Brazilian producer and DJ Wehbba released his new album Straight Lines and Sharp Corners earlier this month on Drumcode. The album is still quite firmly techno, but uses a combination of synthetic and organic sounds collected on his field recording expeditions to expand beyond the thunderous mainstage techno sound we often hear from Drumcode. The former dentist has built himself quite the collection of hardware in an impressive studio. Given the circumstances and that producers should be spending more time in the studio, we had Wehbba explain how his new album was made with all of the gear on the project.
Listen to the full album now as you find the parts where he used various pieces of gear and get your copy here.
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These are used extensively over the album; the Sub37 makes that growly little hook that pops up on “Deluge,” and also the ominous lead on “Sharpshooter,” plus loads of other bits throughout the album. The ONE shines on the intro, but it’s used extensively as well in most other tracks with more subtle effects and embellishments, as it came to the studio a bit late into the production process, so I didn’t really use it as much as I would have liked.
This was probably the most used tool, both in the production and in the conception of the album. Since I got this little geezer I’ve started to go on field recording expeditions everywhere I go, while on tour or not, and I used lots of these recordings in every track of the album to give it a more personal and organic vibe. I like both mics that came with it; they do a decent job of capturing a wide range of sounds. “14th To Grand Central” is a based on one of those recordings, for example, and also some bootleg shots from a jazz concert I went to over there that appear on “Brainflex: Interlude.” On “No Sleep” the groove is based on a recording of me scratching the sand with a stick in Bali, can you hear it?
I’m a big fan of the old Alesis units; they add instant vibe to anything I run through them. I use them a lot with stuff in the box to give them an edge, an old school digital vibe, or just plain fatness. They sit in my return channels and are used extensively throughout the album, either on the mixdowns or during the production process as well. “Brainflex: Interlude” is a drastic example of how I used these boxes to achieve a kind of 90s aesthetics. The micro limiter is the main parallel compression unit for my drum bus.
Here you can see my Elektron Analog Rytm, the Pioneer DJ Toraiz SP16 and the Roland TR8s. I make pretty much all of my drums with these boxes and also with my good old DR110 (off-picture). I love the power of the Rytm, it’s just so punchy and crisp, either with its analog machines or running 909 or 808 samples through it. The SP16 handles my sample sequencing, whenever I want to reach for different sounds like the DMX, RZ-1, or other sample based old school drum machines, which I don’t have. I also use the filter a lot to process different things, and I normally record my DR110 into it and sequence it through there. And lastly, the TR8s is probably my go-to drum machine, everything tends to start on it in every track I make. Naturally that’s the box I’ve chosen to bring with me on the road for the album tour, as part of my “Live Station” rig.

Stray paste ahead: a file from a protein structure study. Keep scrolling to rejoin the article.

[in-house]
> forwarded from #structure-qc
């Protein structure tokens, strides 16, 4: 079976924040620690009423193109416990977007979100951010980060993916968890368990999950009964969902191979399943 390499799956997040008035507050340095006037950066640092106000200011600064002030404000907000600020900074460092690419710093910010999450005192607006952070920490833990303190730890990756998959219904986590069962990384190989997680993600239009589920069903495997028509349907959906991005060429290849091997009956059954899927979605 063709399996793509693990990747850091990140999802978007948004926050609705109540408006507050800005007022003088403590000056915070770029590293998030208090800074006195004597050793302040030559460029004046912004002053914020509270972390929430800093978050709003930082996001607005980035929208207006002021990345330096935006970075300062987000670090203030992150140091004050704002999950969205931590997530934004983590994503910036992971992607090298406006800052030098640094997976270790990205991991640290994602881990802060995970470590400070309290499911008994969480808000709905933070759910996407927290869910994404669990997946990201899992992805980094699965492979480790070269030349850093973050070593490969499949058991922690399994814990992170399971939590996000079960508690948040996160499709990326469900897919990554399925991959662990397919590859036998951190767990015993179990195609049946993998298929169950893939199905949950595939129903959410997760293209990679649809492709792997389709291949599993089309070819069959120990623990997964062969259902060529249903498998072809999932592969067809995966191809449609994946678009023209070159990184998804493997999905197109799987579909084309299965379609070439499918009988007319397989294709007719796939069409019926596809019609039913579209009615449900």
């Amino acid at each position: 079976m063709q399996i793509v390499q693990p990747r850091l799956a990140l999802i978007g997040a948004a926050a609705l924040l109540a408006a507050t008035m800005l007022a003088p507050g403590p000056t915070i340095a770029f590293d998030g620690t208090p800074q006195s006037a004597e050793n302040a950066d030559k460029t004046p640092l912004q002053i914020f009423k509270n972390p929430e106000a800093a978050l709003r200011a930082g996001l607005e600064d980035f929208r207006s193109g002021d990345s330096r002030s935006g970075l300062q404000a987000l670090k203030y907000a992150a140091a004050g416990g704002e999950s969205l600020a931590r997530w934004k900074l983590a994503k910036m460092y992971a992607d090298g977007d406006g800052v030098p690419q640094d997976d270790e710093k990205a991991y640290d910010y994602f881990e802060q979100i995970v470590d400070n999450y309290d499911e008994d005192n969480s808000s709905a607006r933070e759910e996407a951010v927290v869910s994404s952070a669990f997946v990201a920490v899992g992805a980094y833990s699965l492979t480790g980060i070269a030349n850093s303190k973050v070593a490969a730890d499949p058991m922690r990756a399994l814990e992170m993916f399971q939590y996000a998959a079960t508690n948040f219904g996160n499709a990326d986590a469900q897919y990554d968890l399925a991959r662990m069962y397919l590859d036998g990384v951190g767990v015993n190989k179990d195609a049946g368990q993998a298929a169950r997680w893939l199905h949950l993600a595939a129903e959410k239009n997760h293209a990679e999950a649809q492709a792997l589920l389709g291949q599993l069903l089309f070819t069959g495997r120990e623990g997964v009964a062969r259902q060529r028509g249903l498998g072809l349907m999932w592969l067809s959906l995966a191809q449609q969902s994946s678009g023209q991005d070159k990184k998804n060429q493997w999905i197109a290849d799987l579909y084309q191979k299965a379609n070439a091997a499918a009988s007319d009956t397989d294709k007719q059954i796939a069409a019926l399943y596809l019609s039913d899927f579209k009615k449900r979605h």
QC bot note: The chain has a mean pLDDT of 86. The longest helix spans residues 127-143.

The Modular Synth:
I used this small system in every track of the album. Most of my “101” duties are performed on the Atlantis, except in “Sharpshooter” where I used the Roland SH01A. Lots of drums come from the Basimilus Iteritas Alter, the main hook from “Deluge” comes from the Furthrrr Generator running through the Evolution. Braids does the glitches in “Basic Pleasure” and lots of other bits throughout the album. There’s a wave folder on my other rack from WMD/SSF that I used quite a lot to process lots of my kicks and other sounds. I love folding everything; it often brings up some great tones I wouldn’t instinctively think about.
The Virus TI is my first hardware synth, and still one of my favorites. I made my first album with it, and it’s in most tracks I’ve ever made since I got it. The bass line and the hoovers on “Basic Pleasure?” Virus TI. The pads on “Coup Of Doubt” and “Residual Self?” Virus TI. The Prophet 6 is also one of my favorite synths. It can sound super modern and juicy, or really old school and dusty, and do lush or abrasive; no matter what, it sounds good. You can hear it on “Basic Pleasure” and also on “Hyper Real Decadence” - that the super distorted stab, for example.
This was my first 303 clone, and I love it, cause it has its own sound. It does acid, but with class. I made “Coup Of Doubt” a few years ago, but I reworked it for the album, and used this bad boy instead of the plugin I had used initially, it brought a totally different edge to the track. “Second Nature” also has a very distinctive 303 line that comes from the MB33, I always have a lot of fun jamming with this little box.
It may sound a little boring to speak about the interface, but not in this case. This mammoth of a converter plays a big part in my sound from 2019 up until now. I love how crisp and clear the preamps are, and they also have a very special sound when pushed just a little over the limit. I also use their plugins a lot to print the recordings from the synths going through their preamp models and compressors just makes everything come alive before I even get to the mix down stage.